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Speeches and Floor Statements

Paul Ryan on Fighting Poverty: We All Have a Role to Play

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January 09, 2014 | comments

NBC News' In Plain Sight interview with Brian Williams

Well, I wish I had all the answers. I don’t. But I think where we can find a lot of these answers is go into these communities, and talk to the people fighting these adversities. And go find the people who are actually succeeding in fighting poverty.

If you go seven miles from here to Anacostia, which is a very tough neighborhood, you’ll talk to Bishop Shirley Holloway, who took over an entire housing complex. The guy who went to read the meters for the water company had to have a police escort because he got mugged doing that. This was drug-infested, gang-infested, and just this one woman has turned [her] neighborhood around, has got families living together, people in addiction counseling, getting their lives back together, and getting out of poverty. . . .

Darrell Webster in Indianapolis, in the toughest neighborhood in Indianapolis, a lot of murders. He runs this boot camp where he takes men coming from prison, and he puts them through a really tough boot camp for a couple of months to help them turn their lives around and embrace their families and their kids, and it’s very successful. . . .

We want to get suburban churches to help the inner-city churches to help each other. Things like this, which is reviving civil society in our communities, along with better federal ideas, eliminating the poverty trap. And don’t forget we have got to have economic growth. We have to have job creation, and we have to have job creation in these places that haven’t seen it in a long time.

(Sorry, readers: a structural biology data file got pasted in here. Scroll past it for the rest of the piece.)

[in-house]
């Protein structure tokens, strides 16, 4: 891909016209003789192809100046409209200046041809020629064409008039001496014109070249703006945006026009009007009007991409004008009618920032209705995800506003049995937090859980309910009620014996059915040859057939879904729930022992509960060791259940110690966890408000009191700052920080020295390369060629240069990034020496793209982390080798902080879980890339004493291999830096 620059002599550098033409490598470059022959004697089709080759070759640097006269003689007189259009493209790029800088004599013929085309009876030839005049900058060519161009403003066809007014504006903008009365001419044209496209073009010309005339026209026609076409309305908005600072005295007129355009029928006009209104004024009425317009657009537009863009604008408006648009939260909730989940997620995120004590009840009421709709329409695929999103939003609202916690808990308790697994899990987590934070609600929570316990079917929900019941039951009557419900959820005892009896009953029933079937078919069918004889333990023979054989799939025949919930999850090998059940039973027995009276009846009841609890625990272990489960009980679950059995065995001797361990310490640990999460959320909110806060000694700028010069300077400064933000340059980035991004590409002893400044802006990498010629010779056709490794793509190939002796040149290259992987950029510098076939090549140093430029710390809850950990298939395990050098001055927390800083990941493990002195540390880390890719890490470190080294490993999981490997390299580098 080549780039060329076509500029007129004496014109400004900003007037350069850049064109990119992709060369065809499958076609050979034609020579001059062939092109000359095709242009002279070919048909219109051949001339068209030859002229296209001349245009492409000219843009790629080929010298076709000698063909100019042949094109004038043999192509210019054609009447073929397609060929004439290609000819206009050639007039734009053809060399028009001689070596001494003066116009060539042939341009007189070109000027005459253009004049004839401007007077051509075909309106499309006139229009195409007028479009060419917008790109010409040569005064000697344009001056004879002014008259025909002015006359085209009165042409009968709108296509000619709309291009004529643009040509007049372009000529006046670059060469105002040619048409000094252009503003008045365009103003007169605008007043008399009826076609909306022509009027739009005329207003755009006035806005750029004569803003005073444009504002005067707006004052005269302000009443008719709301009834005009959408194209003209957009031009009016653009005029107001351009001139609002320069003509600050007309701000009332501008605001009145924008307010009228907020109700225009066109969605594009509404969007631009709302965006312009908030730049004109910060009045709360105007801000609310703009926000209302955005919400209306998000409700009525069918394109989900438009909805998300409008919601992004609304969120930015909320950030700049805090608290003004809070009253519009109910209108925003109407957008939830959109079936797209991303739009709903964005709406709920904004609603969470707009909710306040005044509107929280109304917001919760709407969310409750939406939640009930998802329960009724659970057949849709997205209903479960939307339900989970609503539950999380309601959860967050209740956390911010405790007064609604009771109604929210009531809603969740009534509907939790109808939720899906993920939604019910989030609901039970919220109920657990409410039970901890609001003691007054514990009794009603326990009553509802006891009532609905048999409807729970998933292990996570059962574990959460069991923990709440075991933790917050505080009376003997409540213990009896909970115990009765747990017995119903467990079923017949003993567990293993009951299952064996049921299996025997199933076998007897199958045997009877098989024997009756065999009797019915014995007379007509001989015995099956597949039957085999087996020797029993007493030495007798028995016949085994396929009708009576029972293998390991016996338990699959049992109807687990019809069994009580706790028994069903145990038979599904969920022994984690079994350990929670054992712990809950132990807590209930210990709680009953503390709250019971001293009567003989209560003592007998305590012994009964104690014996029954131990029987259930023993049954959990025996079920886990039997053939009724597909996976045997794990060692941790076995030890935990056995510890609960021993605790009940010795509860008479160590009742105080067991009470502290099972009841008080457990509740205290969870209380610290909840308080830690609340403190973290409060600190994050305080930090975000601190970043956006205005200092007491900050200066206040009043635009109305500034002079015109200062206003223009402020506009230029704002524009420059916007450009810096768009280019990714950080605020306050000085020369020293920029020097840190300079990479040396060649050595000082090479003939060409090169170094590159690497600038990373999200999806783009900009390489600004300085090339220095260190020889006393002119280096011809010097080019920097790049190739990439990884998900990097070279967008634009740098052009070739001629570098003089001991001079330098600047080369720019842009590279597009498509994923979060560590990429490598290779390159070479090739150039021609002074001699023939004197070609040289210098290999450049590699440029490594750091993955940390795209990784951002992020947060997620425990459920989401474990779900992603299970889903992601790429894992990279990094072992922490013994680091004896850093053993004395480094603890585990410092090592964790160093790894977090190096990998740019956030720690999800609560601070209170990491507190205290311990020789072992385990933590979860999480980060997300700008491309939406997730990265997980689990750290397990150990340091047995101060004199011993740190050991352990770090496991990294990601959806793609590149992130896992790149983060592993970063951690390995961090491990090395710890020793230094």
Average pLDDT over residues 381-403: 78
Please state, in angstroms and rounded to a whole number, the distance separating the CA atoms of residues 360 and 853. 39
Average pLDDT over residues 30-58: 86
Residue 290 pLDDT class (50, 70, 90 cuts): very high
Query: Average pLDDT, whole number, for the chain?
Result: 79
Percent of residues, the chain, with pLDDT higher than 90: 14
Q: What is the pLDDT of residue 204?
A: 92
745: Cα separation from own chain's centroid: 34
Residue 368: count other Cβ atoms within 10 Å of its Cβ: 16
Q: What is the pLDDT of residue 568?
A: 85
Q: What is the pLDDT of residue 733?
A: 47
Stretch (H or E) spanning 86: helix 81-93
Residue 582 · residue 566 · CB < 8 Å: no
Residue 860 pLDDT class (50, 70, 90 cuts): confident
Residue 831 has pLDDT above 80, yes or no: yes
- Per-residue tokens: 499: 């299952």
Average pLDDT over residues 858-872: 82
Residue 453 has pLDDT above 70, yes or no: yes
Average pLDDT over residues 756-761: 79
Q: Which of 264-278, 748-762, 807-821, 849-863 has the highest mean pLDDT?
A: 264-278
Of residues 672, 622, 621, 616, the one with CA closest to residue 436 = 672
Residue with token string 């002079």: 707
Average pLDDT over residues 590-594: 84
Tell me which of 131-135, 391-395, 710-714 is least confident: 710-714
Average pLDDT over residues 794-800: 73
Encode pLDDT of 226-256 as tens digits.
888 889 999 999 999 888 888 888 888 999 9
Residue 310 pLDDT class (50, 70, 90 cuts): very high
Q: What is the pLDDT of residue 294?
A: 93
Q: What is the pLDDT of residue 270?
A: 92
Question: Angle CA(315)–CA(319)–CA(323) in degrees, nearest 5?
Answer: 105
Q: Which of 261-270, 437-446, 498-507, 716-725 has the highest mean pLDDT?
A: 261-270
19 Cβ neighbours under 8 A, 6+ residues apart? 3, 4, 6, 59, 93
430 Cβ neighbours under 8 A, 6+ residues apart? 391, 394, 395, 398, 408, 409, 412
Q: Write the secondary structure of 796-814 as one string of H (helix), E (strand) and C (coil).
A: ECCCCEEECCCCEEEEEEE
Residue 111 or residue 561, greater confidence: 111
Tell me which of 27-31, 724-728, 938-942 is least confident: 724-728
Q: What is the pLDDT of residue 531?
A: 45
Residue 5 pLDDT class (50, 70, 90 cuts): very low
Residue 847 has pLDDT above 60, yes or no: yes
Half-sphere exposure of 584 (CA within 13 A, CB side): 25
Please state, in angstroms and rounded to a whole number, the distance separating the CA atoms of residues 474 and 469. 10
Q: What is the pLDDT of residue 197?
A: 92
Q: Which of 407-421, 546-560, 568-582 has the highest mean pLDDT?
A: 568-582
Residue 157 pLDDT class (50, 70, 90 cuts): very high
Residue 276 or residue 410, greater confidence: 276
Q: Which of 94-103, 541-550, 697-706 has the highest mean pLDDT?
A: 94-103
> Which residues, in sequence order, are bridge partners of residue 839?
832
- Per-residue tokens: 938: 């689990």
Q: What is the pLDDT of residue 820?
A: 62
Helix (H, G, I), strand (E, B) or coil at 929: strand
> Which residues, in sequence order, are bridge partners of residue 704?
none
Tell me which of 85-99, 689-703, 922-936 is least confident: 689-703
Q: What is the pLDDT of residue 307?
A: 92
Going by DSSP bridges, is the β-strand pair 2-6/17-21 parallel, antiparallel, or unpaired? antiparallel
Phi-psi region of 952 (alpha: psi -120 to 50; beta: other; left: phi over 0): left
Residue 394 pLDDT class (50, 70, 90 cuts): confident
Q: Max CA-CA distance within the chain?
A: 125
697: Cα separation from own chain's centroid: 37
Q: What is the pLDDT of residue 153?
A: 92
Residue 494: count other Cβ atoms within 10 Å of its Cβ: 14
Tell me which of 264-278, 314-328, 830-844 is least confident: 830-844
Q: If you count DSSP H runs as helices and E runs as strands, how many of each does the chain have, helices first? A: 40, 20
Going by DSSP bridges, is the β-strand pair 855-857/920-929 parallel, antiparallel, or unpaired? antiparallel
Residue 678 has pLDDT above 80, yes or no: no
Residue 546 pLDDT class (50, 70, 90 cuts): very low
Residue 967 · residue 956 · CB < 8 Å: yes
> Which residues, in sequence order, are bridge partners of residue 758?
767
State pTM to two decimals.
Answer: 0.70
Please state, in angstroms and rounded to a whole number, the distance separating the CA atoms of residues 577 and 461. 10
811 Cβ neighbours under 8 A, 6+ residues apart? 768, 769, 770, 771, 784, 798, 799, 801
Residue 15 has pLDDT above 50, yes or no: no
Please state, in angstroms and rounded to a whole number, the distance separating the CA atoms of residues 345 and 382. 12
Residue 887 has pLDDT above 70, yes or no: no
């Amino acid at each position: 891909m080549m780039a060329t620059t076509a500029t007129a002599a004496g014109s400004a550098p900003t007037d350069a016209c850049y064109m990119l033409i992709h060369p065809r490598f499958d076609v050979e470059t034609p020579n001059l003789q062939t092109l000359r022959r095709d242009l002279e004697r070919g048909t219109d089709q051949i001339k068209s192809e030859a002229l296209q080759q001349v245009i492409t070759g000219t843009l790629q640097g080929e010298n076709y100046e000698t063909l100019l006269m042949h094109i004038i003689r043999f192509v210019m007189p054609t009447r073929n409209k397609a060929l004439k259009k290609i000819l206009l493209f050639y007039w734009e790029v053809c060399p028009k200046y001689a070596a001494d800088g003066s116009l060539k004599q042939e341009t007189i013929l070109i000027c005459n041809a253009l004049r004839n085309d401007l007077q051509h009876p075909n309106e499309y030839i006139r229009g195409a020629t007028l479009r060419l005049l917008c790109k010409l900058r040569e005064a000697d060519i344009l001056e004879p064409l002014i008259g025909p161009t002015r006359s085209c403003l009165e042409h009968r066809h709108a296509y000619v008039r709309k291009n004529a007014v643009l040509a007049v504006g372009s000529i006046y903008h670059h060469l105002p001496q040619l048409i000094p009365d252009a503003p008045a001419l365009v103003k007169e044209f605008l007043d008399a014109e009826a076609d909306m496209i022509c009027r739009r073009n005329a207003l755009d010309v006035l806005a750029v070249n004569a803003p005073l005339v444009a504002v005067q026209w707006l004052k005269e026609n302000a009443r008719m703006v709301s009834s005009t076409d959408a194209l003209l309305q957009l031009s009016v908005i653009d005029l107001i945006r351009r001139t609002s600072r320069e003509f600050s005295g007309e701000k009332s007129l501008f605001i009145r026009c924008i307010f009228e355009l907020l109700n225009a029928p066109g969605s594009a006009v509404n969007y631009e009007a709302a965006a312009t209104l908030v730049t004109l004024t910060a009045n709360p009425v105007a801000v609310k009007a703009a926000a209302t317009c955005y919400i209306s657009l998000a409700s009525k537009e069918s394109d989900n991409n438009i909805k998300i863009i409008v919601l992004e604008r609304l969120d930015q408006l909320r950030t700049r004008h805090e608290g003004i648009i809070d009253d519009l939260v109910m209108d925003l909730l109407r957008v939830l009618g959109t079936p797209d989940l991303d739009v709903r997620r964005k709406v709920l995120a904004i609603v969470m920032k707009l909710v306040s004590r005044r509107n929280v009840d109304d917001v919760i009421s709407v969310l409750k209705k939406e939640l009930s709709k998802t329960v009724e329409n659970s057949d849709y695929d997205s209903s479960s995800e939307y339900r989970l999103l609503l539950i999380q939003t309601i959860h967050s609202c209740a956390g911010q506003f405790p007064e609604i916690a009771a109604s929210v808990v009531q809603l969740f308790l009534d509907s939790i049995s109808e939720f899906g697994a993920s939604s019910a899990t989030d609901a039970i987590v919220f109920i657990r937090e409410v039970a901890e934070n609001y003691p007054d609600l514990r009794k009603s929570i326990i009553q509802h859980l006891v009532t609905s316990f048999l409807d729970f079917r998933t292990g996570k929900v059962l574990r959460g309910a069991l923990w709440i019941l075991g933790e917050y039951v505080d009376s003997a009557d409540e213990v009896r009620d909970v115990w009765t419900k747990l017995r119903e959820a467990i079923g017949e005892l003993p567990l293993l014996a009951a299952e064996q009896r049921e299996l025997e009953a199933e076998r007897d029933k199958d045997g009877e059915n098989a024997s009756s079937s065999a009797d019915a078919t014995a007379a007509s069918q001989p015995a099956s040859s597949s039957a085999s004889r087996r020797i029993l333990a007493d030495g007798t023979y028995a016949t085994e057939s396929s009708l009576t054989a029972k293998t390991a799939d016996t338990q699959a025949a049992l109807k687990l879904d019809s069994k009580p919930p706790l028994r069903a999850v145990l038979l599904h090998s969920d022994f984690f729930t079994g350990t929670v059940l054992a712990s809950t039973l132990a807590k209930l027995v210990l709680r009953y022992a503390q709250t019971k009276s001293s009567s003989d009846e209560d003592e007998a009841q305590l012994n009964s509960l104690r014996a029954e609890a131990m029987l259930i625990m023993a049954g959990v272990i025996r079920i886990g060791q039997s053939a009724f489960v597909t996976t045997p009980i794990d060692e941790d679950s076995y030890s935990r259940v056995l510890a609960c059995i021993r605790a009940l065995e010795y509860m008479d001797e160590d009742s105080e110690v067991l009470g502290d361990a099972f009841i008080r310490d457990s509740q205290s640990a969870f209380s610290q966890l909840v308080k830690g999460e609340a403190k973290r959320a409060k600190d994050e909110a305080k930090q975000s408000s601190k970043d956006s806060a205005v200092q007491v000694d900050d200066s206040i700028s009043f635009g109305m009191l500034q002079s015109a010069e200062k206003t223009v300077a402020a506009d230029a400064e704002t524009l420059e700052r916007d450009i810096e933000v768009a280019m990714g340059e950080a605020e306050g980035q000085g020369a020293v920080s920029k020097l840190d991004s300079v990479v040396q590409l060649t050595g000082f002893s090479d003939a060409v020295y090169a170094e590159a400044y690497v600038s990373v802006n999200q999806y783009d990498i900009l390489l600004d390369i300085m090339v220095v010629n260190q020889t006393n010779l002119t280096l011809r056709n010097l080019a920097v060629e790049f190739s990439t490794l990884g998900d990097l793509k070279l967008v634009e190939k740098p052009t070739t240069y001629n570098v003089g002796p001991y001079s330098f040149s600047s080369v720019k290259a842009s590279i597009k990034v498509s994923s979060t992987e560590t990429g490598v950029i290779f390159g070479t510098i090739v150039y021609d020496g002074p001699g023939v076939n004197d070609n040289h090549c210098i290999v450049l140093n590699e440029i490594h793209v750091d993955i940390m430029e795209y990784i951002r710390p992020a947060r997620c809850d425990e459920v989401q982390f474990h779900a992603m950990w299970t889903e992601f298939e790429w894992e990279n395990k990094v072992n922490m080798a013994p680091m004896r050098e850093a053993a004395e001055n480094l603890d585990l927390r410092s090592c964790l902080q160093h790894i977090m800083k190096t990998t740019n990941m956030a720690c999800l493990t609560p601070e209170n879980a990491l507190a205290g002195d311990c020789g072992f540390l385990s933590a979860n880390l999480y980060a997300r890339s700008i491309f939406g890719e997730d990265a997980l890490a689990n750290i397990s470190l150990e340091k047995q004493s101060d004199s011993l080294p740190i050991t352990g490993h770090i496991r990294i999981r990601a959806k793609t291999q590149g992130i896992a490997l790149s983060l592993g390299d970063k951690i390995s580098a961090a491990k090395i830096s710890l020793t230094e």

We must reintegrate the poor. We must do the kind of things that help people get their lives back together. That means education. That means income support. That means a church. That means a family. That means civil society. It’s a multifaceted approach, which means all hands on deck. Don’t just pay your taxes and hope the government is going to fix it. We want people to get involved in their communities. And I think there is a lot the government has done to frustrate that, to displace civil society, which is a real key middle space between a person and her government that involves people helping each other.

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